Murray Loses to Cilic With 'Embarrassing' Performance

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No Excuses for Murray After Loss

Andy Murray was just as baffled as the rest of us following his flat performance in the fourth round of the U.S. Open:

"I had my chance in the first set, and then struggled after that. The momentum went with him, and I didn't manage to get it back.

I don't know what it was. Against [Paul] Capdeville [in the second round] I felt a little bit low on energy. And it's not an excuse, but it's not good in a Grand Slam to feel that way."

I didn't find a way to get myself into the match. Every time I had a chance, he would hit a big serve or I would hit a poor return, especially on the second serve. ... Normally, the return is the one part of my game where, even if the rest of my game is struggling, I find ways to break serve and get into points, and I didn't do that.

Today was not good."

Later, Murray called the loss the most disappointing of his career.
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The Difference Between Murray and Federer

Besides the obvious "Andy Murray loses and Roger Federer doesn't," WSJ's The Fix runs the numbers on the duo's respective losses. The real difference is that Andy Murray loses to marginal players and Roger Federer doesn't. Ever:

Roger Federer has 15 Grand Slams to Murray’s zero, and the reason was apparent in Murray’s straight-sets loss to No. 17 Marin Cilic at the U.S. Open on Tuesday. That was Murray’s fourth loss in four Slams this year to a player ranked below him, and outside the top five. Since he ascended to the top 20 of the rankings before this tournament three years ago, he’s lost to someone outside the top five in all but three majors. Half the time he’s exited to someone like Cilic, ranked outside the top 10.

Federer, by contrast, hasn’t lost to a player outside the top three in a major in his last 18 Grand Slams, and hasn’t lost to someone outside the top five in his last 22 Slams — since the 2004 French Open. That’s why he’ll be looking to make his 22nd straight semifinal on Wednesday, while Murray has reached only two Slam semis. Murray has thrived against Federer in recent years in head-to-head encounters, but hasn’t done well enough against lower-ranked opponents at majors to reach many matches against Federer. That’s particularly baffling because his strengths — fitness and the ability to return any ball — should aid consistency.

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Murray Will Drop to No. 3 With a Nadal Victory Tonight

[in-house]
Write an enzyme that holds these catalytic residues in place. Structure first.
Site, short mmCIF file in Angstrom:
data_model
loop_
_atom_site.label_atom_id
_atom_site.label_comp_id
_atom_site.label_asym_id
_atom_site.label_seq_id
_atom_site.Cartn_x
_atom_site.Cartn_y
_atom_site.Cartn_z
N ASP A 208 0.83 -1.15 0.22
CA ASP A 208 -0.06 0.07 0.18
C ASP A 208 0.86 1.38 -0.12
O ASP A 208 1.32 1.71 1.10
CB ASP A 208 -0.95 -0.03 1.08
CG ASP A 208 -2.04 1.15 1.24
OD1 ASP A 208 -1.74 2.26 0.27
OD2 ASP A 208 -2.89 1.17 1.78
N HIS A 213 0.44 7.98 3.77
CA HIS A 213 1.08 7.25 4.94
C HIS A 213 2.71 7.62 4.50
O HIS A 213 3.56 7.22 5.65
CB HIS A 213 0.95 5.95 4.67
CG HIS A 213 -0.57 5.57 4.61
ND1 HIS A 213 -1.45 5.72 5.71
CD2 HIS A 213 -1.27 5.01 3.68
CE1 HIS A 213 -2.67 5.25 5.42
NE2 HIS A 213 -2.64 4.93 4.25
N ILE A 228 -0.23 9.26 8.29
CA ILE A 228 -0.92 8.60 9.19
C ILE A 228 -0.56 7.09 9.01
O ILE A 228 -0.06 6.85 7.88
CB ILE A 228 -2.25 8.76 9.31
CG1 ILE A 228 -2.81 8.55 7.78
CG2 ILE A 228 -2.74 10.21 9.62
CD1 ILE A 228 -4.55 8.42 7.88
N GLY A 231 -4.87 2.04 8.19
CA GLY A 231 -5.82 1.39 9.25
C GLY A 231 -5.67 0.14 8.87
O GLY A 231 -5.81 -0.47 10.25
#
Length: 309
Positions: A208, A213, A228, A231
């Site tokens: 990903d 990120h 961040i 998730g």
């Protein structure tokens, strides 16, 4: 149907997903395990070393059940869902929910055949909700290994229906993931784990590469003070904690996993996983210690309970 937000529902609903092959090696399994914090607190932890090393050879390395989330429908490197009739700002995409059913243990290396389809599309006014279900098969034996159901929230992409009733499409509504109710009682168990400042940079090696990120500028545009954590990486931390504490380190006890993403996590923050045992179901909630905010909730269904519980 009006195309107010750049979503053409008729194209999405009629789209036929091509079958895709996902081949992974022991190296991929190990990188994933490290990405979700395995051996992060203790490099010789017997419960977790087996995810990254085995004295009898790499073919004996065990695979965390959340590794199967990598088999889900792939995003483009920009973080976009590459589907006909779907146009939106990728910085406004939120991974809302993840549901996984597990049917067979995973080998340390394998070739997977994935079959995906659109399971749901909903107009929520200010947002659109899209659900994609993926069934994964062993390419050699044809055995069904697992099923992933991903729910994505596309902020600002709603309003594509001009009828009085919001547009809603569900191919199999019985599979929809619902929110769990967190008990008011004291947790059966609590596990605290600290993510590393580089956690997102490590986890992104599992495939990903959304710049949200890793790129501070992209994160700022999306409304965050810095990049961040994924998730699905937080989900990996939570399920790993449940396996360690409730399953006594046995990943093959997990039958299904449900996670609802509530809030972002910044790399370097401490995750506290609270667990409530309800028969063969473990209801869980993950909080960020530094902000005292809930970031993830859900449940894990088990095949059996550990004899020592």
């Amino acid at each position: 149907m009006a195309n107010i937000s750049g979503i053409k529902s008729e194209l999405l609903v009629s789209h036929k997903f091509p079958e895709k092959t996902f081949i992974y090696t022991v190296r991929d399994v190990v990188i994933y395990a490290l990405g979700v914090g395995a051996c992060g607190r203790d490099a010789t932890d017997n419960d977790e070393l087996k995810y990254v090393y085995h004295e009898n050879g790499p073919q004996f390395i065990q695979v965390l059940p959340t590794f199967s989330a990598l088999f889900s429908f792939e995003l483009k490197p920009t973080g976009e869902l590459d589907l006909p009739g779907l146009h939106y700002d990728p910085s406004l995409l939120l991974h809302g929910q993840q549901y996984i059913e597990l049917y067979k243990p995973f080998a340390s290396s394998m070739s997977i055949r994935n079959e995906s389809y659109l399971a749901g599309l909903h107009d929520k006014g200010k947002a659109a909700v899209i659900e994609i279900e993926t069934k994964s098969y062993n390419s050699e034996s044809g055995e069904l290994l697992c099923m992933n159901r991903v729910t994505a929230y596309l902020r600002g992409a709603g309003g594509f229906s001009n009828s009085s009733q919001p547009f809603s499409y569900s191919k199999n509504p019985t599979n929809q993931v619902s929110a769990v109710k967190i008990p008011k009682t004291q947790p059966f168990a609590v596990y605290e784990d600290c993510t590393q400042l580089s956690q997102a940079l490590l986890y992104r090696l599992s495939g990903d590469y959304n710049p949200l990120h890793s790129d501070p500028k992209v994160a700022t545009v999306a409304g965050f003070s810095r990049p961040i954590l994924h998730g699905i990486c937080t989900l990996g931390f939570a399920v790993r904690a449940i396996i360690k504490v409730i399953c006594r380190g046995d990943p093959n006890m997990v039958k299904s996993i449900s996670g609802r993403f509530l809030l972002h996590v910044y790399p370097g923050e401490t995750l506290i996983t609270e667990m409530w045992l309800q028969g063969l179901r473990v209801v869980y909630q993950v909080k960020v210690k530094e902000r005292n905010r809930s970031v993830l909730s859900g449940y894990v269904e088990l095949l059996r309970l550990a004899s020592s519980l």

Andy Murray might have lost more than a tennis match today.

If Rafael Nadal beats Gael Monfils tonight (a tall order given Nadal’s multiple injuries) he will regain his No. 2 world ranking and knock Murray down to No. 3.

The Scotsman ascended to No. 2 earlier this summer while Nadal was recovering from a bout of knee tendinitis.

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Andy Murray Loses in Straight Sets to Marin Cilic With 'Embarrassing' Performance

On ESPN, Chris Fowler called Andy Murray's fourth round performance "dismal" and "embarrassing". He was far too kind.

No. 2 seed Andy Murray was thoroughly dominated in his U.S. Open match this afternoon against Marin Cilic, losing 7-5, 6-2, 6-2. The Scotsman looked defeated from the second he stepped on the court and his performance raised questions about his ability to stay focused for an entire Grand Slam event:

From Murray's World:

The 7-5, 6-2, 6-2 straight sets loss to Marin Cilic will once again raise question about the Scots ability to apply himself at the highest levels of the game. The Croatian dominated a passive Murray, beating him into submission with a buffet of powerful winners and unreturnable serves.

Hampered by a slight left wrist injury, Murray started the match in passive mode. This proved more than enough for most of the first set as Cilic swung with wild abandon and racked up the unforced errors. Murray failed to capitalise and at 5-5 the giant Croatian began to find his range. With the help of a Murray double fault and some great winners he took the decisive break before serving out easily.

Murray was a popular pick to win the Open.

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